When you play with your photography you will discover how things work. It’s the easiest way to increase your understanding of the buttons and dials on your camera.
Move through your shutter speeds or the apertures. Use a tripod or leave it behind. Go somewhere you’ve never been before. Photograph something you wouldn’t normally bother with or even notice.
Shoot from the hip or throw your camera in the air (with a little caution there). Play with light.
Photograph something odd or strange that you would normally overlook.
#4 Look for another perspective
There’s more than one way to see a subject placed in front of your camera. When luck is on your side, a subject presents itself exactly as it needs to be photographed. You see the light, the composition, the details all align and shout, “photograph me.” You aren’t always so lucky.
Shoot from eye level. Shoot from above. Get down and photograph from below the subject. Take one step to the right and one step to the left. See your subject in a way that you haven’t before. Fill your frame with the subject. And then focus on just a tiny segment.
Walk closer. Back up. Shift the subject. Shift your feet.
Pick one subject and see how many ways you can photograph it.
It’s through discovery, practice, and trial and error that you create. Consider that there is always more than one way to see your subject.
#5 Take on a personal project
Personal projects help move our photography forward. We learn something about our relationship with our camera as we learn something about ourselves.
Your personal project can happen over a few hours, days, or weeks. It can include five photos or 365. Create a project with a specific goal in mind. Write it down, and give it parameters.
Setting limitations can actually help you push your boundaries! Think about creating rules to guide your photography. Create parameters and rules you’ve got to shoot within. Quantify the project and give it a deadline. You can only shoot three photos of something, for example.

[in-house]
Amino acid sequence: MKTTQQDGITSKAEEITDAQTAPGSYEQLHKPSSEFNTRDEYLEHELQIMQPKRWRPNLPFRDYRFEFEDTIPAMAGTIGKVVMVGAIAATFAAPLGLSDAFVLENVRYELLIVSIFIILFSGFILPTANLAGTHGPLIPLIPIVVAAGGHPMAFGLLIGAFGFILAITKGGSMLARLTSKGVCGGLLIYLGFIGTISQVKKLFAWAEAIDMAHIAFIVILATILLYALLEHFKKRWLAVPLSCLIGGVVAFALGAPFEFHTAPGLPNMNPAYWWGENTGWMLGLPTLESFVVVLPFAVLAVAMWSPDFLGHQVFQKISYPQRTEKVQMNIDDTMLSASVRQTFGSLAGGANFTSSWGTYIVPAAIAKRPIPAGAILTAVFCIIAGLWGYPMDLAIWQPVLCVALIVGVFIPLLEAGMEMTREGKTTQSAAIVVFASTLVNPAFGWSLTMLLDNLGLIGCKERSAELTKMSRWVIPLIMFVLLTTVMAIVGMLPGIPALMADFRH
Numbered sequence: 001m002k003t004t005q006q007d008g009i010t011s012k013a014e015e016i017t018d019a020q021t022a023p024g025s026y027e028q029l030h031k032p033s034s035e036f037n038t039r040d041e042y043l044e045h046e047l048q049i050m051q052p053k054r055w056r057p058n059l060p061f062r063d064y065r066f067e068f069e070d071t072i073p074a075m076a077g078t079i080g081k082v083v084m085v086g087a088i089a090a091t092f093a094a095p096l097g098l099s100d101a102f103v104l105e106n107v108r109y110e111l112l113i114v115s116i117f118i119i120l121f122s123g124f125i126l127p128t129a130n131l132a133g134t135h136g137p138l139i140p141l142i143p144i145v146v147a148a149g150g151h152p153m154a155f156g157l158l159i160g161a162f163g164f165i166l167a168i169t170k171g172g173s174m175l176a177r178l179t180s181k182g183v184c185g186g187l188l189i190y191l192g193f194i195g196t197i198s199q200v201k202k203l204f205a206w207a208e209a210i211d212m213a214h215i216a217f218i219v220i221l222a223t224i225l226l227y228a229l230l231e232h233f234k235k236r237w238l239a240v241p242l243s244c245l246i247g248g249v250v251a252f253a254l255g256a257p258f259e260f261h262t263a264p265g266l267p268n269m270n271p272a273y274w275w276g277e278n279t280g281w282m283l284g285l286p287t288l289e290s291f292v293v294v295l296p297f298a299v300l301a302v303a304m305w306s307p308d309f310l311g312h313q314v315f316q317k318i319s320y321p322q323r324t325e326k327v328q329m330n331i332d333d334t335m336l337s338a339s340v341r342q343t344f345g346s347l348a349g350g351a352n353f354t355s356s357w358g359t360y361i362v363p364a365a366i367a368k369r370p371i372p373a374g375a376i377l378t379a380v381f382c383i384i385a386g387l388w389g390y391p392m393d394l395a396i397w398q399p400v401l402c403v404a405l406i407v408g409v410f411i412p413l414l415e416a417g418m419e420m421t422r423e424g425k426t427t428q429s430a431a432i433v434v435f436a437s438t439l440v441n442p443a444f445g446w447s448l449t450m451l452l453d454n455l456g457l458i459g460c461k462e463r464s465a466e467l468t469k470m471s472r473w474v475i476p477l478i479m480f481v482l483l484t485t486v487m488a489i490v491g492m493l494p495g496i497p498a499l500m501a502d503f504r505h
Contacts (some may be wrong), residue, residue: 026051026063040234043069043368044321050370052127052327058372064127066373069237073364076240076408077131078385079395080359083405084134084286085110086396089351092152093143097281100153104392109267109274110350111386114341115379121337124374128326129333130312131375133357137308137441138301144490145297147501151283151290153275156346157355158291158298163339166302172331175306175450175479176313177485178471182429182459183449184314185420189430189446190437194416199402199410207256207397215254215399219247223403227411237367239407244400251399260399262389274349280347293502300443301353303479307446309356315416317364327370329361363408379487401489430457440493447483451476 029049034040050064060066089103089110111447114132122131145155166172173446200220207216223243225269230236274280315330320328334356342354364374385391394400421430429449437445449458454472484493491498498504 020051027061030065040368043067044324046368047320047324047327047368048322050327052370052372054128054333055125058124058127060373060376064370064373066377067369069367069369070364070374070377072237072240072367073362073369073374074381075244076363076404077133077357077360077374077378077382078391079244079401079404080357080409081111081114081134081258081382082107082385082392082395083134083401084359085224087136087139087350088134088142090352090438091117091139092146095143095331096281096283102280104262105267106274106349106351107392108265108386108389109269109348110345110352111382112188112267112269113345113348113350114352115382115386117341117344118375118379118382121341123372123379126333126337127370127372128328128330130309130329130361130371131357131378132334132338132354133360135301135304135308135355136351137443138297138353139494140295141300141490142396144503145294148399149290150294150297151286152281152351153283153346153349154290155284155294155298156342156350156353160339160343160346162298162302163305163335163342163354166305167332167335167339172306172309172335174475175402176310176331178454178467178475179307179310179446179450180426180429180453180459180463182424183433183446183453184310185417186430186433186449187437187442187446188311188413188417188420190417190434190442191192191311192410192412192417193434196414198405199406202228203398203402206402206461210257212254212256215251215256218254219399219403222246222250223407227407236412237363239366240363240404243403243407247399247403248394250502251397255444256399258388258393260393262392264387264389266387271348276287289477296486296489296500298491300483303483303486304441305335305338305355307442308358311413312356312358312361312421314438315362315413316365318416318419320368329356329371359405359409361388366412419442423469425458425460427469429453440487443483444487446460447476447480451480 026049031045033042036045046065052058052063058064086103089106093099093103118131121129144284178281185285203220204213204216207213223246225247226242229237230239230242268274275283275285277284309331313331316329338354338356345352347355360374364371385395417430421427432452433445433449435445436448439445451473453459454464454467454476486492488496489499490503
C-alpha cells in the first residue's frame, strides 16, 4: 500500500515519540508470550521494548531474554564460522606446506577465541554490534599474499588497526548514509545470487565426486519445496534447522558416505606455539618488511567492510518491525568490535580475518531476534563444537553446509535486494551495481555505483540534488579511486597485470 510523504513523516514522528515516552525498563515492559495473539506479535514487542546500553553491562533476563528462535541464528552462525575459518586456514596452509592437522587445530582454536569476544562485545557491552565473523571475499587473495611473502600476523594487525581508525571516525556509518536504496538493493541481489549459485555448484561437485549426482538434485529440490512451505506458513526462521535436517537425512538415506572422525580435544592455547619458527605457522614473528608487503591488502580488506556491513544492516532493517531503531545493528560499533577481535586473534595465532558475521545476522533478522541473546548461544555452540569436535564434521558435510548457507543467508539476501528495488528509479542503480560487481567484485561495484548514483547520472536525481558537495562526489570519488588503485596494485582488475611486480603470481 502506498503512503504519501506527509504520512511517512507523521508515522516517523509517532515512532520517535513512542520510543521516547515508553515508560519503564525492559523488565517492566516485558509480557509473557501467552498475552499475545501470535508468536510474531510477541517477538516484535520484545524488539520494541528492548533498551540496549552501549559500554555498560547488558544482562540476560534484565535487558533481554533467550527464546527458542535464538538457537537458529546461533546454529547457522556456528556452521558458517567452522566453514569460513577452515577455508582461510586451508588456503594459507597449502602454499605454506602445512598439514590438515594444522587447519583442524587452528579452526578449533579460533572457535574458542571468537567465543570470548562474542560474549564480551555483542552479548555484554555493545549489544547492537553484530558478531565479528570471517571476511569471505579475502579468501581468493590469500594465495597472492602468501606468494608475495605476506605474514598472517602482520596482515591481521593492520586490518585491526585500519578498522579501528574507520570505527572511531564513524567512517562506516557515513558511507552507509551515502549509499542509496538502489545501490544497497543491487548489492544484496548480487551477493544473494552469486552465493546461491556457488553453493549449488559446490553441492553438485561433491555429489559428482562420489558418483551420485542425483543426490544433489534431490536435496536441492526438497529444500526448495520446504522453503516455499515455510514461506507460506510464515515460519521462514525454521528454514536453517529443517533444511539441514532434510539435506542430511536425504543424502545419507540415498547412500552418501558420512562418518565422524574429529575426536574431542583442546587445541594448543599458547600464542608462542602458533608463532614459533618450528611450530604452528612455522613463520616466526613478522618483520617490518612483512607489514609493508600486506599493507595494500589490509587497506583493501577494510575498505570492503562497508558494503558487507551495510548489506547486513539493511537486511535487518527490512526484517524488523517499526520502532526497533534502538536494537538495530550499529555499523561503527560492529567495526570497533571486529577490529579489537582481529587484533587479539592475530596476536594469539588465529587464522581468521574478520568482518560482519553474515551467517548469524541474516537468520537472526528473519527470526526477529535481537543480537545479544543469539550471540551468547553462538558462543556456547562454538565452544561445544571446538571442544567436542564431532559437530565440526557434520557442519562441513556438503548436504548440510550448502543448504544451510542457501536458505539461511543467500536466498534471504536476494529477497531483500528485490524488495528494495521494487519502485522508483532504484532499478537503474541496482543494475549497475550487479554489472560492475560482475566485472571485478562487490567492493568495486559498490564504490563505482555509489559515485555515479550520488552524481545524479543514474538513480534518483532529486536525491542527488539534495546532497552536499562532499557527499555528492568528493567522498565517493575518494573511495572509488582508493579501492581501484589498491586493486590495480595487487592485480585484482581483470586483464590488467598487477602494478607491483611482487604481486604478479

- Make 10 (or 20 or 100) portraits of people you don’t know.
- Shoot the same item over time (different times of the day, different seasons).
- Create a collection of hearts, leaves, or faces. Look for that thing everywhere.
- Start a 365 project (take one photo a day for a year).
Make the project your own. Set a date to complete it and a method to share your project with others.
#6 Do the work. Even when you don’t want to.
You’ve got to do the work if you want to improve your photography. Pick up your camera more often. Practice more. Carry it everywhere.
Pick one thing to work on. Practice that A LOT, then move onto the next thing.
There is no shortcut for moving out of our comfort zone that doesn’t pass right through doing the work. On the other side of your creative rut is an opportunity for doing better photography. It will be worth it.
Have you tried any of these ideas? What others do you have to shake up your comfort zone and try new things?
Katrina Kennedy, founder of CaptureYour365.com has taken a photo a day for the last nine years. She is passionate about documenting the everyday moments of her life. Katrina has helped thousands of people improve their photography at CaptureYour365 through classes and daily photo prompts. You can see her on Instagram as CaptureYour365 or herself, Katrina Kennedy.